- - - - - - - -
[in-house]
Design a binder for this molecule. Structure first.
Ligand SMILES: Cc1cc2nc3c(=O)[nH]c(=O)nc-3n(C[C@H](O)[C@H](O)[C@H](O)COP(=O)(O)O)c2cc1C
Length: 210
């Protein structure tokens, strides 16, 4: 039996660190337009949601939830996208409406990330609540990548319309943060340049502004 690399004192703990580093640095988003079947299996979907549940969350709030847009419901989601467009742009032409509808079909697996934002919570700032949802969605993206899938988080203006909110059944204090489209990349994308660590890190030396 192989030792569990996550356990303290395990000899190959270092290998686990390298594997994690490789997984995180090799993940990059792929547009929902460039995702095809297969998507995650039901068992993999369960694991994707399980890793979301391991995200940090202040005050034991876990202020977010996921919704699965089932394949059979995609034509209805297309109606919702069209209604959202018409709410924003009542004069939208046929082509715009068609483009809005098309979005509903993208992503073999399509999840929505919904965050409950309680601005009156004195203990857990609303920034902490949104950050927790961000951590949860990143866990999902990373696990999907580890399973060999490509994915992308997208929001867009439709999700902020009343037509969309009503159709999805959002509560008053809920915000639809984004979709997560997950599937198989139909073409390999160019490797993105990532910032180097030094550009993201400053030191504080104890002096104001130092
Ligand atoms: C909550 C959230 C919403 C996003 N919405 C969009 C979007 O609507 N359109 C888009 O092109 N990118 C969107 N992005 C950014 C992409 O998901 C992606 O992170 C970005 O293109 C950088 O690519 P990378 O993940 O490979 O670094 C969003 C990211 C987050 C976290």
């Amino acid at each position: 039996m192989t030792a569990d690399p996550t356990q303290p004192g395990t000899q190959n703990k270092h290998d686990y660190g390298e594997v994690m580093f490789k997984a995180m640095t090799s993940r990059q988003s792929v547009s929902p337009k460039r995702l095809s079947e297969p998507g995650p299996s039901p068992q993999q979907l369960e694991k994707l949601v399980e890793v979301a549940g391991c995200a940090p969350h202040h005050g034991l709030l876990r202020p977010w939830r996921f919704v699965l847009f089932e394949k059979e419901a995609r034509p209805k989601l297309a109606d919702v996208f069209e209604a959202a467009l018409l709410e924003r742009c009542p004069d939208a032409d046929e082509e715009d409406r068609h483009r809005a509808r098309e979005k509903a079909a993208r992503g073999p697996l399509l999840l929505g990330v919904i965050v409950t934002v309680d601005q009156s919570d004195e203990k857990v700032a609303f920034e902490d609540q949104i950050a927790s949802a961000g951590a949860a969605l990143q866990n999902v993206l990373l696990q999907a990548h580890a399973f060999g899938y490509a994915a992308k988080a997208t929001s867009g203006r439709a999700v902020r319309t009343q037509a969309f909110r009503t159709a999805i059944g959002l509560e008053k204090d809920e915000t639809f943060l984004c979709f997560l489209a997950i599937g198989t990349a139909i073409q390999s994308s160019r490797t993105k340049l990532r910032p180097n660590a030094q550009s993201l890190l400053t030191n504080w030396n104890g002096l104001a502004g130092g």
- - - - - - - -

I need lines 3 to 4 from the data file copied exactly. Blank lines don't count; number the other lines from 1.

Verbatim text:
Ligand SMILES: Cc1cc2nc3c(=O)[nH]c(=O)nc-3n(C[C@H](O)[C@H](O)[C@H](O)COP(=O)(O)O)c2cc1C
Length: 210